RBI’s Viral Acharya not the first to resign over difference of opinion

RBI deputy governor Viral Acharya, Viral Acharya resigns, RBI, RBI's Acharya resigns
RBI Deputy Governor Viral Acharya, quit six months before the end of his term.

RBI Deputy Governor Viral Acharya, who quit six months before the end of his term, is not the first person to resign from the central bank under the Narendra Modi government. India’s top bank has seen a spate of exits during the past three years amidst controversies and differences of opinion.

“A few weeks ago, Dr Acharya submitted a letter to the RBI informing that due to unavoidable personal circumstances, he is unable to continue his term as a Deputy Governor of the RBI beyond July 23, 2019,” the RBI said in a statement on Monday (June 24).

This is the second key exit within six months at the RBI and the third since Modi became India’s Prime Minister. In December, Governor Urjit Patel resigned nearly nine months before the end of his schedule term over differences with the government. Unlike the government, Patel was reluctant in releasing excess funds to ease liquidity crisis that market was facing due to a collapse of non-banking financial companies (NBFC) sector.

Also read: RBI Deputy Governor Viral Acharya quits six months before his term


Both Patel and Acharya were unhappy with the government’s alleged intervention into key decision-making of the RBI. In October 2018, Acharya also raised concern over the importance of RBI’s independence. He said that the government’s interference negates its autonomy to function.

Though Acharya had cited “personal reasons” for stepping down, his long history of disagreements with the government makes it appear as a sign of protest. The Competent Authority is still considering the resignation.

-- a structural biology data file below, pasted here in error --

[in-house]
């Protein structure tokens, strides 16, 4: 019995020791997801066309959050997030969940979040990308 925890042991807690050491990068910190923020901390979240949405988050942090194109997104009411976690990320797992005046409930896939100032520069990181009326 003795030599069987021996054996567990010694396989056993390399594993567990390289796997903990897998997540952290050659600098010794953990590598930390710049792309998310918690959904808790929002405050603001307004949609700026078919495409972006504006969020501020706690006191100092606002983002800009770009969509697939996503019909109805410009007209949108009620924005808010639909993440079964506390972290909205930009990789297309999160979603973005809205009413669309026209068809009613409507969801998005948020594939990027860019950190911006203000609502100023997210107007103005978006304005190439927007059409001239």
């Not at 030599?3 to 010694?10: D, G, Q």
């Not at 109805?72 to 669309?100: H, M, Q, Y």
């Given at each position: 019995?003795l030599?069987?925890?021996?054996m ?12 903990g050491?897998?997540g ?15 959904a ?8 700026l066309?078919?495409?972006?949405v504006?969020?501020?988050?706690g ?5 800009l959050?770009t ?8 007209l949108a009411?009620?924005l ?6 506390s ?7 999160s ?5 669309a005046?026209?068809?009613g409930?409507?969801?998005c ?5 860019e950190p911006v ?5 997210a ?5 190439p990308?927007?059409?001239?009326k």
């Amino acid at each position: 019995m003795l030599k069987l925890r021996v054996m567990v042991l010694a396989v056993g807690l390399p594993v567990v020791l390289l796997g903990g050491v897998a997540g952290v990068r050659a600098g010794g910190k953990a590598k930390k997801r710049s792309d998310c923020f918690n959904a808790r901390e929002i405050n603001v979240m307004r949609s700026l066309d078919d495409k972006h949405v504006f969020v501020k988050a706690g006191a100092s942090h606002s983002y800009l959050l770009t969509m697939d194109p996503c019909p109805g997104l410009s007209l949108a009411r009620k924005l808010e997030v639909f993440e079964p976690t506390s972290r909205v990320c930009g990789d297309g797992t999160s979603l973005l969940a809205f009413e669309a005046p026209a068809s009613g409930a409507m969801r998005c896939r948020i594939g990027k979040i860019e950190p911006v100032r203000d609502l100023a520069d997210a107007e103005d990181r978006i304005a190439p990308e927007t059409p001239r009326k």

His departure as the RBI Deputy Governor has left the central bank with three deputy governors — N S Vishwanathan, B P Kanungo and M K Jain.

RBI Governors who quit

Former RBI Governor Raghuram Rajan decided to leave RBI in June 2016, as he wanted to go back to his old job in Chicago. During his tenure, he was often criticised for his interest and exchange rate policies.

Another RBI Governor Bimal Jalan, who was Governor from November 1997 to September 2003, also cut short his extended term as he took over a Rajya Sabha seat at the time. In the early 1990s, RN Malhotra resigned as the RBI governor after it was conveyed to him that the government wanted him out. Malhotra, who served during the time when the BJP leader Yashwant Sinha was the Finance Minister, was reportedly unpopular with the ministry due to his stance against the increased fiscal deficit.

Historically, six RBI Governors including Patel have resigned their posts before the end of their tenure. The precedent for an RBI Governor resigning was set before Independence. The very first one to resign was Osbourne Smith in 1937 due to differences with the Finance Member of the Viceroy’s Council.

Similar trends

Apart from the RBI, officials in the finance ministry have also been leaving their posts. In June 2018, the Chief Economic Advisor (CEA) Arvind Subramanian left the finance ministry because of “pressing family commitments”. Recently, in his research paper, Subramanian has argued that India’s GDP growth may have been overestimated by at least 2.5 per cent.

Also read: Arvind Subramanian debunks Modi govt claim on rate of economic growth

In August last year, the Indian-American economist Arvind Panagariya, who was handpicked by Narendra Modi to lead the NITI Aayog, quit the job. Even though Panagariya was one of the most vocal supporters of Modi’s ‘Gujarat model of growth’, he is said to have written to Modi on the hardships inflicted on the public due to demonetisation. The reason given for the resignation was that his “leave from Columbia University was ending”.

Rajan has earlier stated that such resignations are a matter of great concern as “the act of resignation by a government servant or a regulator is a note of protest.”